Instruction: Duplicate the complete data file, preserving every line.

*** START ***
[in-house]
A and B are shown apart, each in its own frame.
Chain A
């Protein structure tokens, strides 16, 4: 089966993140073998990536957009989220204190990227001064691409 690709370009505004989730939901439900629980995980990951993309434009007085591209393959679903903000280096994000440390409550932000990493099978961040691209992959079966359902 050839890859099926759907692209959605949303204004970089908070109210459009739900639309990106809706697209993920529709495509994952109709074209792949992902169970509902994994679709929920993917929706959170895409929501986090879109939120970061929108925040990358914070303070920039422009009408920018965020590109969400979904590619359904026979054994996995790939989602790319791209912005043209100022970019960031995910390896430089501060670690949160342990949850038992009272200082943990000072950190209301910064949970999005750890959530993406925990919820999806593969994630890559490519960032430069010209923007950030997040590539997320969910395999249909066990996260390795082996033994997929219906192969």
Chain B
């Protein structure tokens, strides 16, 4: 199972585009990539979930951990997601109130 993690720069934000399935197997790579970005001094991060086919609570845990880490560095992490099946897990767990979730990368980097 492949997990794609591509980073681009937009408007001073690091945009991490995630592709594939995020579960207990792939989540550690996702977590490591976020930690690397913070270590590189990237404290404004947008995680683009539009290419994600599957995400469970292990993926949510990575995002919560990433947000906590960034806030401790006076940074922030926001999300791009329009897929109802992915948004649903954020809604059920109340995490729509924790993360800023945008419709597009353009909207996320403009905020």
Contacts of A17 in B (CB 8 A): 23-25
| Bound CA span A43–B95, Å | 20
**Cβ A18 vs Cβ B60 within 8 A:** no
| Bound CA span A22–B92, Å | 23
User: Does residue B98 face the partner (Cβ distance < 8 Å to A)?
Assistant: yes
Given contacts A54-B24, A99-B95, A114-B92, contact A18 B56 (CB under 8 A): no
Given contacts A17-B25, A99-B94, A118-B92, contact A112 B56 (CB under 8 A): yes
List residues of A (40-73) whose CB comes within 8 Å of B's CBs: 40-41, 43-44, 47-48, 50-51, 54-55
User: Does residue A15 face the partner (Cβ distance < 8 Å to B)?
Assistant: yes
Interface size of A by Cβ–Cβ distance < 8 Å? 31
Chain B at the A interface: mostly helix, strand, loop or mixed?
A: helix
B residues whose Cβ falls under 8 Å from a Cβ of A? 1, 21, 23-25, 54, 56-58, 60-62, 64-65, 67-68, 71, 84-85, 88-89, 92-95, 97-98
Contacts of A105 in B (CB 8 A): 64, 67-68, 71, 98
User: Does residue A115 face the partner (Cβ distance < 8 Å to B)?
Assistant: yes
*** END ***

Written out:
[in-house]
A and B are shown apart, each in its own frame.
Chain A
């Protein structure tokens, strides 16, 4: 089966993140073998990536957009989220204190990227001064691409 690709370009505004989730939901439900629980995980990951993309434009007085591209393959679903903000280096994000440390409550932000990493099978961040691209992959079966359902 050839890859099926759907692209959605949303204004970089908070109210459009739900639309990106809706697209993920529709495509994952109709074209792949992902169970509902994994679709929920993917929706959170895409929501986090879109939120970061929108925040990358914070303070920039422009009408920018965020590109969400979904590619359904026979054994996995790939989602790319791209912005043209100022970019960031995910390896430089501060670690949160342990949850038992009272200082943990000072950190209301910064949970999005750890959530993406925990919820999806593969994630890559490519960032430069010209923007950030997040590539997320969910395999249909066990996260390795082996033994997929219906192969």
Chain B
């Protein structure tokens, strides 16, 4: 199972585009990539979930951990997601109130 993690720069934000399935197997790579970005001094991060086919609570845990880490560095992490099946897990767990979730990368980097 492949997990794609591509980073681009937009408007001073690091945009991490995630592709594939995020579960207990792939989540550690996702977590490591976020930690690397913070270590590189990237404290404004947008995680683009539009290419994600599957995400469970292990993926949510990575995002919560990433947000906590960034806030401790006076940074922030926001999300791009329009897929109802992915948004649903954020809604059920109340995490729509924790993360800023945008419709597009353009909207996320403009905020």
Contacts of A17 in B (CB 8 A): 23-25
| Bound CA span A43–B95, Å | 20
**Cβ A18 vs Cβ B60 within 8 A:** no
| Bound CA span A22–B92, Å | 23
User: Does residue B98 face the partner (Cβ distance < 8 Å to A)?
Assistant: yes
Given contacts A54-B24, A99-B95, A114-B92, contact A18 B56 (CB under 8 A): no
Given contacts A17-B25, A99-B94, A118-B92, contact A112 B56 (CB under 8 A): yes
List residues of A (40-73) whose CB comes within 8 Å of B's CBs: 40-41, 43-44, 47-48, 50-51, 54-55
User: Does residue A15 face the partner (Cβ distance < 8 Å to B)?
Assistant: yes
Interface size of A by Cβ–Cβ distance < 8 Å? 31
Chain B at the A interface: mostly helix, strand, loop or mixed?
A: helix
B residues whose Cβ falls under 8 Å from a Cβ of A? 1, 21, 23-25, 54, 56-58, 60-62, 64-65, 67-68, 71, 84-85, 88-89, 92-95, 97-98
Contacts of A105 in B (CB 8 A): 64, 67-68, 71, 98
User: Does residue A115 face the partner (Cβ distance < 8 Å to B)?
Assistant: yes